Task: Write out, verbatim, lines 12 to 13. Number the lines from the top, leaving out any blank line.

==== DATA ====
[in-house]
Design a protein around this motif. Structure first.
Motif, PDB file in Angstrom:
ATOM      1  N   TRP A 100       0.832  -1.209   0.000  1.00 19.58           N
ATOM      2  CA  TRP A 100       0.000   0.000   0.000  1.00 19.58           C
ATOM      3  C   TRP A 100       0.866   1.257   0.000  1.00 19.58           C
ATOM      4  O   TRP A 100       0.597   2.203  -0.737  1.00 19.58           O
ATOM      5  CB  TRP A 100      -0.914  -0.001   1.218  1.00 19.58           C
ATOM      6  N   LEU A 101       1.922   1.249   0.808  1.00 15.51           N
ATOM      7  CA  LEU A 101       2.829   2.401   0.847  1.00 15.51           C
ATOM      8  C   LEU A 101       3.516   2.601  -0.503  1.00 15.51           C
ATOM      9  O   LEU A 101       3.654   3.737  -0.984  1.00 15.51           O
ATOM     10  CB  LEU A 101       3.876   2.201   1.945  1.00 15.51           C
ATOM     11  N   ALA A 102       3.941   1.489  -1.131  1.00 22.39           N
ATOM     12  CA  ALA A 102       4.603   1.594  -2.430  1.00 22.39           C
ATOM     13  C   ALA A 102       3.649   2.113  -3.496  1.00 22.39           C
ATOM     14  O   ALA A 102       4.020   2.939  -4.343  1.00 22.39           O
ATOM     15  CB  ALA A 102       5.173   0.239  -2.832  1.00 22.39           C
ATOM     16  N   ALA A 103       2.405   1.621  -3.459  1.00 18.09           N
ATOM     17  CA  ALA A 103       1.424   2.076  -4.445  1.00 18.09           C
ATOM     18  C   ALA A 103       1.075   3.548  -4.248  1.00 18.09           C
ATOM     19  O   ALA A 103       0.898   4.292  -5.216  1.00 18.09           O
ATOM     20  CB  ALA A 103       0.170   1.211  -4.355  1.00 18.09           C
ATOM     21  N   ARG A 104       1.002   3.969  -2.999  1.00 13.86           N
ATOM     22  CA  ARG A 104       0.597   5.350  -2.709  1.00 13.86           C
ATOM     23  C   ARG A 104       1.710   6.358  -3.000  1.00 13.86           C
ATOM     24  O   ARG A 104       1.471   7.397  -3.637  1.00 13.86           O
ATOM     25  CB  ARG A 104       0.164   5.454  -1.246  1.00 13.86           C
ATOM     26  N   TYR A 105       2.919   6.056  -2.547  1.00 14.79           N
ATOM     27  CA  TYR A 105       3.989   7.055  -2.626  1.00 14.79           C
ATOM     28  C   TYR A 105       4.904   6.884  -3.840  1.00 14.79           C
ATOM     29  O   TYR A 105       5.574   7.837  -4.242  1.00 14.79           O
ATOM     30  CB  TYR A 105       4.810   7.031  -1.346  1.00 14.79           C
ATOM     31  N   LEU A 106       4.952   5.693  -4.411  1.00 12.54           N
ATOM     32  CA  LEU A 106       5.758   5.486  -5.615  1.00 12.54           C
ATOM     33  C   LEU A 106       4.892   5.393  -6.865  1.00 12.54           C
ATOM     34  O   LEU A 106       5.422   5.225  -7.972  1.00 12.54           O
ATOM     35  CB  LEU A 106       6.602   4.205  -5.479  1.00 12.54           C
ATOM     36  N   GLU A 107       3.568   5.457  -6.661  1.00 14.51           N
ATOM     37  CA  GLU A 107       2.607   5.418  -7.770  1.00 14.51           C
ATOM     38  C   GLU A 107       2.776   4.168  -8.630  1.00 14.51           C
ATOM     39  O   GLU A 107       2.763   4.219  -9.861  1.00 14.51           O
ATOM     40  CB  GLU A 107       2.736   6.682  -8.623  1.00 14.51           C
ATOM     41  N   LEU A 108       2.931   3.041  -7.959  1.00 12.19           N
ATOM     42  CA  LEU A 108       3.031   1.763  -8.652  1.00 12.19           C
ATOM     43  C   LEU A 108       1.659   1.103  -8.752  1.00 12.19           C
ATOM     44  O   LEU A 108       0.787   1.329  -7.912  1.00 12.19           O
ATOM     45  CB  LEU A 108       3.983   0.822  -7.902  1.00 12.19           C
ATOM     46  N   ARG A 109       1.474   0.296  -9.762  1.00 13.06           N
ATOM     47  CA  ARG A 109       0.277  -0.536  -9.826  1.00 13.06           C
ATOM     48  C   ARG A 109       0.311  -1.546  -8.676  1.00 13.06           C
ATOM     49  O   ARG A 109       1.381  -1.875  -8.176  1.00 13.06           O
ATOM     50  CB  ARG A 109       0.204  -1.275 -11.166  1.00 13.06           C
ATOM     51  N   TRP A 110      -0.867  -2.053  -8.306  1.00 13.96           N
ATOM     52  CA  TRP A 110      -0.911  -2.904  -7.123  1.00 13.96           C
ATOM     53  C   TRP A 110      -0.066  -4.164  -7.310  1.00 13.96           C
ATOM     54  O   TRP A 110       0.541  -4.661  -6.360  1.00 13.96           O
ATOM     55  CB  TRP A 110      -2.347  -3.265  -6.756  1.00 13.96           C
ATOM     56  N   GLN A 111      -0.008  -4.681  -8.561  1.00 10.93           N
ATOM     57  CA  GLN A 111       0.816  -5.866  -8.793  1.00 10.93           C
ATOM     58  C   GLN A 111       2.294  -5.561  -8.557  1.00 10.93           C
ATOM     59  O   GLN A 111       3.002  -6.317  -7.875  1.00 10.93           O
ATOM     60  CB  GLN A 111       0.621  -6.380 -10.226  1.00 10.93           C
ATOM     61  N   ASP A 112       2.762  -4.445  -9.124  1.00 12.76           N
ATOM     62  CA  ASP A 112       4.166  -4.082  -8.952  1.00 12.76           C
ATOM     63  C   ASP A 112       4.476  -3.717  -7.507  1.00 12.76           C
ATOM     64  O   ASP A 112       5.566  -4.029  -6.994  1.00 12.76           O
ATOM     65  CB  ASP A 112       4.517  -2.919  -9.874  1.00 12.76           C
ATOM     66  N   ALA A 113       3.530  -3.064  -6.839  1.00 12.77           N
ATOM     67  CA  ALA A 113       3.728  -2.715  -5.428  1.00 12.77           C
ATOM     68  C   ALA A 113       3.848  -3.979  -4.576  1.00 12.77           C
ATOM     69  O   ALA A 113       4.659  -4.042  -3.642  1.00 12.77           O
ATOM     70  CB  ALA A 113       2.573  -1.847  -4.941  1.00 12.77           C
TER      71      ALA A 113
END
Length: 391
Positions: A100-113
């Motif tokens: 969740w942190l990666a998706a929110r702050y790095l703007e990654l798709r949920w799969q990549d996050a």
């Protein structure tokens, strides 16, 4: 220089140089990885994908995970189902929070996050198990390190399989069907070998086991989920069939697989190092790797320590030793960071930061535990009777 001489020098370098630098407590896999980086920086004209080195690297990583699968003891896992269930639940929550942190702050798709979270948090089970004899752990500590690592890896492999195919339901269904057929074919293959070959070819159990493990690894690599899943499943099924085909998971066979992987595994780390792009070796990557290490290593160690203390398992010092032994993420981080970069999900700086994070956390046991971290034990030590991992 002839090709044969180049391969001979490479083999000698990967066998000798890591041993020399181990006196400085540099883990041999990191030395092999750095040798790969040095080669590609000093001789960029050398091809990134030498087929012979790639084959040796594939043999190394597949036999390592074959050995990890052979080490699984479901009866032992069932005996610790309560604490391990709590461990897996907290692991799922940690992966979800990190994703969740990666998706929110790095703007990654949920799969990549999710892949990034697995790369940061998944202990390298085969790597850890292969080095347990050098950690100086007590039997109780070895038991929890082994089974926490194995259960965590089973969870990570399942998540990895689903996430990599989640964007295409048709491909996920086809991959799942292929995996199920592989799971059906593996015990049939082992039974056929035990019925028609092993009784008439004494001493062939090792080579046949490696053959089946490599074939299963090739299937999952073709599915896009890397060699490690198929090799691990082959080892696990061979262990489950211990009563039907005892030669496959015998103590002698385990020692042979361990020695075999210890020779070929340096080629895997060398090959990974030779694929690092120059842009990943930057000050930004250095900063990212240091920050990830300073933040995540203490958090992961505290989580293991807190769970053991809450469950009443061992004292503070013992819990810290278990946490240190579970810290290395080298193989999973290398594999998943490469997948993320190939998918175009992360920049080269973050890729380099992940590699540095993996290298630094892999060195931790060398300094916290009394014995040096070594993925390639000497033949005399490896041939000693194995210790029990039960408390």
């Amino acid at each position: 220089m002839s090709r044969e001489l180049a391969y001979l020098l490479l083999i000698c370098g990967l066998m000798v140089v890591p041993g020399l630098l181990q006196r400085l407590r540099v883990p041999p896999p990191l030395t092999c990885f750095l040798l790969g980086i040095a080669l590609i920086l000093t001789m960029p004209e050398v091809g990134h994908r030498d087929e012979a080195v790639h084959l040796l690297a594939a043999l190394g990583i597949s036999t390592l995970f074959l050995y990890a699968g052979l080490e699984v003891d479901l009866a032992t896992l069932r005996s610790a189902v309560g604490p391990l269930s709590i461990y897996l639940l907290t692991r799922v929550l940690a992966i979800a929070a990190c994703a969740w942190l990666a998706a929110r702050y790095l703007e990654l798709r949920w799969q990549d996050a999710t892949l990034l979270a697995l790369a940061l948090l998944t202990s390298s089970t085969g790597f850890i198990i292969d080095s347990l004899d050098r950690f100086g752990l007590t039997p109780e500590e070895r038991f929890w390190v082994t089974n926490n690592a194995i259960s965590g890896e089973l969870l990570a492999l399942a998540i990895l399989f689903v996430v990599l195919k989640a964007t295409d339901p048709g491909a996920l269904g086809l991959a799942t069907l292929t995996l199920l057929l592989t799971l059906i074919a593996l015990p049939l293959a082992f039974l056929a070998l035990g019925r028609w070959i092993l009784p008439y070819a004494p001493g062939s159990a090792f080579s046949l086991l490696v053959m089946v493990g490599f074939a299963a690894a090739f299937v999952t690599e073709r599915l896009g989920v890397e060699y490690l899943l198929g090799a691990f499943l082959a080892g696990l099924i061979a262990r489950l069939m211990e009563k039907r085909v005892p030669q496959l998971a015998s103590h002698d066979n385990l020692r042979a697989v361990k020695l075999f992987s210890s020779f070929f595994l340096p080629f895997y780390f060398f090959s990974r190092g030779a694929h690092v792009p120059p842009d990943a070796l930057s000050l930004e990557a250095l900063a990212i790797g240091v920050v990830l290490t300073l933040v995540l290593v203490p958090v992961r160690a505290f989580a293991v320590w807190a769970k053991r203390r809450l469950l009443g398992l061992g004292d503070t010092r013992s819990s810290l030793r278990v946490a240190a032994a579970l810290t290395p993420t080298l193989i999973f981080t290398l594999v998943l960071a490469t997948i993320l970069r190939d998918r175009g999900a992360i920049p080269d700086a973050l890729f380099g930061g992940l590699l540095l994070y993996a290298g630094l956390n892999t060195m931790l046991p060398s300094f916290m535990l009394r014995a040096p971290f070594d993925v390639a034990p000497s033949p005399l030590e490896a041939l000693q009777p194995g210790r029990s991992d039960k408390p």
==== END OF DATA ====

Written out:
ATOM      9  O   LEU A 101       3.654   3.737  -0.984  1.00 15.51           O
ATOM     10  CB  LEU A 101       3.876   2.201   1.945  1.00 15.51           C